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Judge Denies Travis Scott’s Motion to Dismiss From Astroworld Lawsuits

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Judge Denies Travis Scott’s Motion to Dismiss From Astroworld Lawsuits

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First of potentially many civil trials against rapper and Live Nation to begin May 6

Travis Scott will face a civil trial stemming from the Astroworld tragedy after a judge denied the rapper’s bid to be dismissed from the pending lawsuits.

In March, with a civil trial looming, Scott’s lawyers filed a motion to dismiss the rapper from the pending litigation, arguing that “performers are not expected to render special protection to the audience, nor to safeguard them from the rest of the crowd.”

“No one disputes that tragedy struck the Astroworld Festival,” the motion stated. “But promoting and performing at a concert do not equate to the power to control a crowd or to design a venue safely. Basic tort principles prevent imposing liability on the Scott Defendants for a tragedy arising from forces legally controlled by others.”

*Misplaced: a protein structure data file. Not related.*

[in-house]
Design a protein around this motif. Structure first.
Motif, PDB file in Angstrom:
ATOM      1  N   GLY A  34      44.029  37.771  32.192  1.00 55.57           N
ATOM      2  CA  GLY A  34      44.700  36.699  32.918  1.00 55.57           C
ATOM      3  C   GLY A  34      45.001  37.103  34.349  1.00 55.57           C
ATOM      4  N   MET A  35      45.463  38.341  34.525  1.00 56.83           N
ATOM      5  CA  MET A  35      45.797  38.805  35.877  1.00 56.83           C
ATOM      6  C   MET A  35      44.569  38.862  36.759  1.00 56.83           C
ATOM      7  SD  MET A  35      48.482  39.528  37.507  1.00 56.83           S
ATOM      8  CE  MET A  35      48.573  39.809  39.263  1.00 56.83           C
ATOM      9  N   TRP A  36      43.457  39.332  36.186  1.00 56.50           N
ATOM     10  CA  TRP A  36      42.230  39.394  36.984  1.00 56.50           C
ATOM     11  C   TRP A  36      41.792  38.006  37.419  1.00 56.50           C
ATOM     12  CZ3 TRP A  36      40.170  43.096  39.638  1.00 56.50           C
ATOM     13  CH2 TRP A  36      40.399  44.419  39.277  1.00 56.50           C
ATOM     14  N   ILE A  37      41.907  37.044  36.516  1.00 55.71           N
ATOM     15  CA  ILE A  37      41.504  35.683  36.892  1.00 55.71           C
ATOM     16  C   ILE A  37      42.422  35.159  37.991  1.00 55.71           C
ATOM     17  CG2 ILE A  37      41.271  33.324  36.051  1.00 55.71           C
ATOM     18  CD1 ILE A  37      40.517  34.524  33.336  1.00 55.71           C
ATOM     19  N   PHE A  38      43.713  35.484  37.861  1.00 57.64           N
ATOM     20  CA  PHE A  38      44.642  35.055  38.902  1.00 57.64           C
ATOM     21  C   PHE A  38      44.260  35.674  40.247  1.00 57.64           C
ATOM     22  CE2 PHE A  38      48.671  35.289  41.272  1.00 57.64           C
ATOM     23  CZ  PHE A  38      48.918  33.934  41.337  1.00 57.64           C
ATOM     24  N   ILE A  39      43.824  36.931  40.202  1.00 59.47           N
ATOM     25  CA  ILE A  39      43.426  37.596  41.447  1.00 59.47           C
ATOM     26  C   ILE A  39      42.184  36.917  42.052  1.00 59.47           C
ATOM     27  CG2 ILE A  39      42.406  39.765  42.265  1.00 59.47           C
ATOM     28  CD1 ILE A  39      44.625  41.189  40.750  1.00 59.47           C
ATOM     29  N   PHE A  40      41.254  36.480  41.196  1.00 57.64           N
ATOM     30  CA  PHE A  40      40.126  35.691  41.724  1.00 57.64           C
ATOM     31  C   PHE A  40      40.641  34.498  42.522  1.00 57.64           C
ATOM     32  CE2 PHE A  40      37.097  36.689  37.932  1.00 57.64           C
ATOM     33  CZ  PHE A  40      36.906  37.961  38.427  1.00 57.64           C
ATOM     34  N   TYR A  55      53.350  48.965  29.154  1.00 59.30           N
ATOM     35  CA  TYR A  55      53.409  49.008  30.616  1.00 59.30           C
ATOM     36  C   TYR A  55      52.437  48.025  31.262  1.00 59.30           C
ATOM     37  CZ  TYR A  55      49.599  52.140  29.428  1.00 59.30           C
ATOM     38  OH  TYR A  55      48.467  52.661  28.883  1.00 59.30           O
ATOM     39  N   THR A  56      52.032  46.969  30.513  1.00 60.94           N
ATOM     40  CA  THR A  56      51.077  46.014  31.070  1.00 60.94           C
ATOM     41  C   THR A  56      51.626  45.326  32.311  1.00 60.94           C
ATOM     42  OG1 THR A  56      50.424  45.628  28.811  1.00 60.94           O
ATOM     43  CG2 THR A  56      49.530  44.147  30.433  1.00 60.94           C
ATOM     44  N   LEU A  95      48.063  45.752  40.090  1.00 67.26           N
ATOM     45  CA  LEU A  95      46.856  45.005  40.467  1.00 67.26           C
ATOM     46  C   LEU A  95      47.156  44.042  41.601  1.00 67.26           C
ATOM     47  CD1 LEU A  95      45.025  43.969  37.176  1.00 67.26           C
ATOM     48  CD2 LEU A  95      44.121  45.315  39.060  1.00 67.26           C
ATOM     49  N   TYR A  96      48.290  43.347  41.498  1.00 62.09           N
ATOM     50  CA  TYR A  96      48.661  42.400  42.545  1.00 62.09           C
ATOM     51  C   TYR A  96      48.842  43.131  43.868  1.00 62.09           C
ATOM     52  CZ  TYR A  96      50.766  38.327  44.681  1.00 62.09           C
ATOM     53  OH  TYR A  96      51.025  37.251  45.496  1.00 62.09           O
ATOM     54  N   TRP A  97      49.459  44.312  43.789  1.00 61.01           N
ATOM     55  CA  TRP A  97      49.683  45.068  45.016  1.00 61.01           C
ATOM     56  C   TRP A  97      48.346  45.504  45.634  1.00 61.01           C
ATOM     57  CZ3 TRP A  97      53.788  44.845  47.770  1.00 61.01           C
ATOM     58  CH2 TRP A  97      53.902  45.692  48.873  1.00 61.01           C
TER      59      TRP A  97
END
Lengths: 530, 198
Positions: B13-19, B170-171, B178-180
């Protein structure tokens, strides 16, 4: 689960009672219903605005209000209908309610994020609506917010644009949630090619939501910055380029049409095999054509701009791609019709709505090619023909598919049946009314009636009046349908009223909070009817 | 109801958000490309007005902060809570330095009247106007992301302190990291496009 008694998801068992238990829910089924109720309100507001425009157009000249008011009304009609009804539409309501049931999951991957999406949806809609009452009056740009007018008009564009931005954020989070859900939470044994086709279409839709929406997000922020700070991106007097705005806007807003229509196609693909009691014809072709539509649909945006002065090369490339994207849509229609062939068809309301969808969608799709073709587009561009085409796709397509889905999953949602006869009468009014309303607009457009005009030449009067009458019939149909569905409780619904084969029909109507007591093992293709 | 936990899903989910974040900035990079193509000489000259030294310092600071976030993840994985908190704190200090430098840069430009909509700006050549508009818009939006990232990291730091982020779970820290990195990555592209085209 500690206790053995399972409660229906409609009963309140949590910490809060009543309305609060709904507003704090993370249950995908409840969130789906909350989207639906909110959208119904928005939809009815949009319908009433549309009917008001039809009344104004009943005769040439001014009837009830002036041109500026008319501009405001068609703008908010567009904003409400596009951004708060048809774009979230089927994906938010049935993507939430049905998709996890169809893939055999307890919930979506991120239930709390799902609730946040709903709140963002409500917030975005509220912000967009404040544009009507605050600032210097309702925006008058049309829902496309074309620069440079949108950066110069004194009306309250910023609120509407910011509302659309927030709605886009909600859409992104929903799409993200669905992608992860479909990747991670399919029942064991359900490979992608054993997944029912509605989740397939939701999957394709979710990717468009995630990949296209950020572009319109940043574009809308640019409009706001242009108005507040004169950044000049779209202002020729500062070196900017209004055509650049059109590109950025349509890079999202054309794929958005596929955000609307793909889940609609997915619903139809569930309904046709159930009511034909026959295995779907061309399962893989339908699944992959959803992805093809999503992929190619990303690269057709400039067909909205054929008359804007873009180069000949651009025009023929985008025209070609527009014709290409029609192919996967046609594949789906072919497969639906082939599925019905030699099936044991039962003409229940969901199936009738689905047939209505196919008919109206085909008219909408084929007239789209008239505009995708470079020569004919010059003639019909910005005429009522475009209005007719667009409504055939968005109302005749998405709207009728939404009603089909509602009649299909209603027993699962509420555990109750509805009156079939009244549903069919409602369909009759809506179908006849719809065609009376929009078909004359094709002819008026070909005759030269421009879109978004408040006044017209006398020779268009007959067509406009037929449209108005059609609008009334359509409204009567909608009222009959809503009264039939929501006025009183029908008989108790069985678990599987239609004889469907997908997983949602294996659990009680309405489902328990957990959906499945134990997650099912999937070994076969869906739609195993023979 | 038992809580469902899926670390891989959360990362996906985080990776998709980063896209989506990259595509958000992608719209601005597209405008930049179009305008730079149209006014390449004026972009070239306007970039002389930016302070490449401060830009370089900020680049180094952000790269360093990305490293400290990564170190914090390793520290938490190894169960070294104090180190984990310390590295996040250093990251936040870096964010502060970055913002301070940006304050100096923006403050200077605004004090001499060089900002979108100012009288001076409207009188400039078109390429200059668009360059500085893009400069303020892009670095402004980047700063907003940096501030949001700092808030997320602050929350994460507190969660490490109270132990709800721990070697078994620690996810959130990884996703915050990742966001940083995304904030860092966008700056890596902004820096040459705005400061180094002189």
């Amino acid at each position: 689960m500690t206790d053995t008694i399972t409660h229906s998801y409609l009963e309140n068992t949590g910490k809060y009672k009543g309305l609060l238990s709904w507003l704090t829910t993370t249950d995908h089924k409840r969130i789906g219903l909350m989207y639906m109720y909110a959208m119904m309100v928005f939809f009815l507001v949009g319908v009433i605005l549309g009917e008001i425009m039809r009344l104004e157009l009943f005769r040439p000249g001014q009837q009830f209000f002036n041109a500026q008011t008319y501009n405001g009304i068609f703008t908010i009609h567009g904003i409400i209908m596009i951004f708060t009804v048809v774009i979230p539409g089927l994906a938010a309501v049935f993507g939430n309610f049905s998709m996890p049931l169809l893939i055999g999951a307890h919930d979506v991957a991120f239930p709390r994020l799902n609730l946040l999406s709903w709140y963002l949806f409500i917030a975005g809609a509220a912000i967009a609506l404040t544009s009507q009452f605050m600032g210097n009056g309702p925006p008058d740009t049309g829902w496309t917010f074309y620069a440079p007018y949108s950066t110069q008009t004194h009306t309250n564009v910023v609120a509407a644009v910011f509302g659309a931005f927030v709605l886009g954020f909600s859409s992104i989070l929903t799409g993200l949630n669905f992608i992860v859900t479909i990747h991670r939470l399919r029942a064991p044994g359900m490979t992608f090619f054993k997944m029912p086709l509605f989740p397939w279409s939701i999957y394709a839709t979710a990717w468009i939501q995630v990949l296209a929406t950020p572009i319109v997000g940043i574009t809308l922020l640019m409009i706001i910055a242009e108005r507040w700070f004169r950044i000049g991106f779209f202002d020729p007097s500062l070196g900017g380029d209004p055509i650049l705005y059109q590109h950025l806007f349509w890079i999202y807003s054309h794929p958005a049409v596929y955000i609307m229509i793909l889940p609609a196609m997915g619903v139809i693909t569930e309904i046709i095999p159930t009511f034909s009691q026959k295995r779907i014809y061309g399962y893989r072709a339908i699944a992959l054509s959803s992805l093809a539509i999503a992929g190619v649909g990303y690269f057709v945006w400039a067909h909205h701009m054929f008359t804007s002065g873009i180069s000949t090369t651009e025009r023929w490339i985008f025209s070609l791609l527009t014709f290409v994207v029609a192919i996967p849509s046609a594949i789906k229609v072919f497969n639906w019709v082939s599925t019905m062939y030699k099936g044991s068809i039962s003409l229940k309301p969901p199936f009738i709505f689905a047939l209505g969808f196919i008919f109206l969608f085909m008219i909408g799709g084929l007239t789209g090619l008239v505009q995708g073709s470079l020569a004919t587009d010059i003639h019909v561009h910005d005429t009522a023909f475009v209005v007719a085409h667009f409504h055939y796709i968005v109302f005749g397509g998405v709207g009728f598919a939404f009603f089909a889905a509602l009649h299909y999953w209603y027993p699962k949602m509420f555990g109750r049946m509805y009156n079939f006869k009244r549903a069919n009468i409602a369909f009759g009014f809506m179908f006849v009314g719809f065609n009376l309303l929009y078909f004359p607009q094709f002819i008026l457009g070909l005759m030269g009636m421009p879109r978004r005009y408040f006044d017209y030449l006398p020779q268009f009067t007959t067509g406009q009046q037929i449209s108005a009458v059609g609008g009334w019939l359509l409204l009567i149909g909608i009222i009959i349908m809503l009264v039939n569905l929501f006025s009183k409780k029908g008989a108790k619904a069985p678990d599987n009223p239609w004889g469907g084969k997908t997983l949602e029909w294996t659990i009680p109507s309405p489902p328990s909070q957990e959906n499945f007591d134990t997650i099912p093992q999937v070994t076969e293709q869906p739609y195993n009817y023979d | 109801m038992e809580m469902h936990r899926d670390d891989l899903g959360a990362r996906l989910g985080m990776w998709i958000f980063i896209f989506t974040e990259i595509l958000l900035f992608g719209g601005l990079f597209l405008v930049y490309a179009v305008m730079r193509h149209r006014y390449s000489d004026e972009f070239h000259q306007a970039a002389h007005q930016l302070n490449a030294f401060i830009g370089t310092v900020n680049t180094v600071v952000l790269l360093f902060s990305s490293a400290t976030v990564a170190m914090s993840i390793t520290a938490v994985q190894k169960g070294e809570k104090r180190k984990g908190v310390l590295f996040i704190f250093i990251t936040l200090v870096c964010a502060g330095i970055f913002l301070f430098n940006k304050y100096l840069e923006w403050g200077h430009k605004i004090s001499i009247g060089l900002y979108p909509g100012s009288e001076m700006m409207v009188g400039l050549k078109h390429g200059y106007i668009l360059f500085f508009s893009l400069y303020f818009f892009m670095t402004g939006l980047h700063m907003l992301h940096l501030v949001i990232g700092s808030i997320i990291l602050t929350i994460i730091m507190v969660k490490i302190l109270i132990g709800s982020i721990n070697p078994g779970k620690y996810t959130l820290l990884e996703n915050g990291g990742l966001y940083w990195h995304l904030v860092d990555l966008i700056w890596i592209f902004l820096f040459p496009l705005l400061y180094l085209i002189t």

While Astroworld guest Drake was successful in getting dismissed from the civil lawsuits earlier this month, Judge Kristen Hawkins denied Scott’s bid without explanation, Billboard reports. As a result, Scott will be among the defendants — along with Live Nation and other organizers — when the first trial, a wrongful death lawsuit filed by the family of Astroworld victim Madison Dubiski, begins May 6.

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Although Scott and Live Nation face billions in damages at the civil trials, a grand jury in Houston determined last June that Scott and several organizers behind the festival would not face criminal charges over the festival.

In documents obtained by Houston Landing in March, it was revealed that organizers were worried just 10 days before Astroworld over how the event would fit 50,000 people outside NRG Park. Court records showed that a miscalculation by organizers also contributed to too many ticketed attendees at the deadly fest. Other factors that likely contributed to the massive overcrowding in certain areas included the number of trees that obscured vantage points and led to overcrowding in areas with better sight lines, and gate-crashers.

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